Design trends speak volumes about the general mood of an age. For example, contemporary style tends to be geared toward simplicity and focused on sustainability. It harks back to Mid-Century Modernism with its stark lines and lack of ornamentation, a more modest approach to home design.

Art Deco interior. Photo: Phillips. Art Deco interior. Photo: Phillips.

But not every generation was as austere as ours. At the turn of the 20th Century, when Art Deco came to flourish, designers, decorators and artists were excited about what the future might bring. They embraced technology, beauty, decoration, luxury and style as hallmarks of the creativity of the human spirit. The Art Deco era was an age of aspiration. These were the Roaring Twenties, boosted by the global economic boom. The products and spaces they designed spoke to the notion that progress was a good thing. That attitude helped them create what is arguably the most optimistic design trend since the high Renaissance. The Art Deco era was a time when people wanted to move on from the ravages of the Great War.

The Roots of Art Deco

In 1925, the famous International Exhibition of Modern Decorative and Industrial Arts was held in Paris, bringing together the creations of twenty-one countries. This event celebrated the desire for aesthetic renewal going beyond the mawkishness of Art Nouveau, opening up to new forms of geometric inspiration without sacrificing the luxury of new materials were the defining features of Art Deco.

Table, sold at Bukowskis 2016. Photo: Bukowskis. Table, sold at Bukowskis 2016. Photo: Bukowskis.

The term Art Deco was not used until 1966, when the Musée des Arts Décoratifs in Paris mounted the exhibition ''Les Années 25 : Art Déco, Bauhaus, Stijl, Esprit Nouveau.'' This exhibition defined the Art Deco period as spanning the early years of the 20th Century until roughly 1939 – the start of World War II. It also identified the movement as one not focused on a single aesthetic approach, but rather one that encompassed a broad range of approaches, each of which had the spirit of celebration. With its roots in France, the Art Deco movement quickly became global.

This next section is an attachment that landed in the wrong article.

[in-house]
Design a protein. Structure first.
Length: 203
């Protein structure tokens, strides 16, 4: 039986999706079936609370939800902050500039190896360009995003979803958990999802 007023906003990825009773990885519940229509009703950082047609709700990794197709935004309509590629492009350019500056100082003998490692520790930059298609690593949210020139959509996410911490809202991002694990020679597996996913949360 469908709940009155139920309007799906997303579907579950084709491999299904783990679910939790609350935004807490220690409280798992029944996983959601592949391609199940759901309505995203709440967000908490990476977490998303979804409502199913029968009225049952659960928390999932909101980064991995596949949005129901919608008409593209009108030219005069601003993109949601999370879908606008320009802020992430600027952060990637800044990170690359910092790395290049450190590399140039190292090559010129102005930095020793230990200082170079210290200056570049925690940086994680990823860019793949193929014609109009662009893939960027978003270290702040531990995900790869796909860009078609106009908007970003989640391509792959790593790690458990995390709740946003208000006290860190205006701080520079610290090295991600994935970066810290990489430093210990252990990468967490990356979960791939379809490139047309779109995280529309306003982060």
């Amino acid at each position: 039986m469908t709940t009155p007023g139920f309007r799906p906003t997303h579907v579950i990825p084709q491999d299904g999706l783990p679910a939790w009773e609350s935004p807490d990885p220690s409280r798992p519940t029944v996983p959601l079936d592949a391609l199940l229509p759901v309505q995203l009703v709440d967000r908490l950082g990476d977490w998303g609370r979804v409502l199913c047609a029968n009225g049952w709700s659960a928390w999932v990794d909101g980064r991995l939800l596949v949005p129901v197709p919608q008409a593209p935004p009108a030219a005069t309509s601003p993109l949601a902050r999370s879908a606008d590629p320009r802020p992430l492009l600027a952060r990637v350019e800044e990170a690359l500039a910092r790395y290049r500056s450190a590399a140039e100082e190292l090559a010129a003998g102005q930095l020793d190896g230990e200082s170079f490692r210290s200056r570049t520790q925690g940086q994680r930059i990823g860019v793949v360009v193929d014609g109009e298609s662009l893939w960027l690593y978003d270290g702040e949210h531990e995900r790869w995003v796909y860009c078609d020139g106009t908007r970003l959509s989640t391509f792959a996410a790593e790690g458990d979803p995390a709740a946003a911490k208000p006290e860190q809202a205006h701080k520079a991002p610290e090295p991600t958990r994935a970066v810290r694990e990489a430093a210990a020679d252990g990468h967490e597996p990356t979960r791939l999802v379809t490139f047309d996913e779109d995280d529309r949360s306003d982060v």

Jacques-Émile Ruhlmann, the ''Pope of Art Déco,'' embodied this very French luxury; his furniture is intended for wealthy clienteles, passionate about refined pieces of furniture, such as his famous State rectangle cabinet owned by the Musée des Arts Décoratifs in Paris. Other designers from many fields such as Pierre Legrain, Eileen Gray, Jean Dunand, Cartier and Jean Deprés all made their creative mark on this period.

Interior by Jaques Émile Ruhlmann. Photo: Interior by Jaques Émile Ruhlmann. Photo:

One of the hallmarks of Art Deco design is that it makes use of modern materials and industrial processes. Rapid advancements in technology meant designers had fantastic new tools available to them. Their enthusiasm to explore these tools reflected the general attitude people had that progress was both positive and unstoppable. Art Deco embraced glamour and reveled in luxury. Emblematic of this aesthetic, the Normandie 1935 features the creations of Louis Süe, André Mare, Jean Dunand and Raymond Subes – some of the biggest names of Art Deco.

Screen, year 1931 by Jean Dunand. Sold at Christie's in 2011. Foto: Christie's. Screen, year 1931 by Jean Dunand. Sold at Christie's in 2011. Foto: Christie's.

The Art of Art Deco Design

Optimism, however, was not the only factor that led to the rise of Art Deco. In the late 19th Century, France was at the center of the creative world. However, in French society, people who designed clothing, furniture or other decorative items were not afforded the same respect as other creative professionals, like painters or sculptors.

Art Deco Chinese rosewood club chairs. Pagoda Red. Art Deco Chinese rosewood club chairs. Pagoda Red.

In 1875, that all started to change when the French government recognized decorative design as a profession all its own, bestowing upon it the official label of Arts Décoratifs. In 1901, the government went one step further by founding The Société des Artistes Décorateurs, which granted decorative artists the same social and cultural status as any other type of fine artist.

And a whole century on, Art Deco is still one of interior design's most coveted styles, oozing opulence and sophistication.

Get your own Art Deco look on Barnebys here.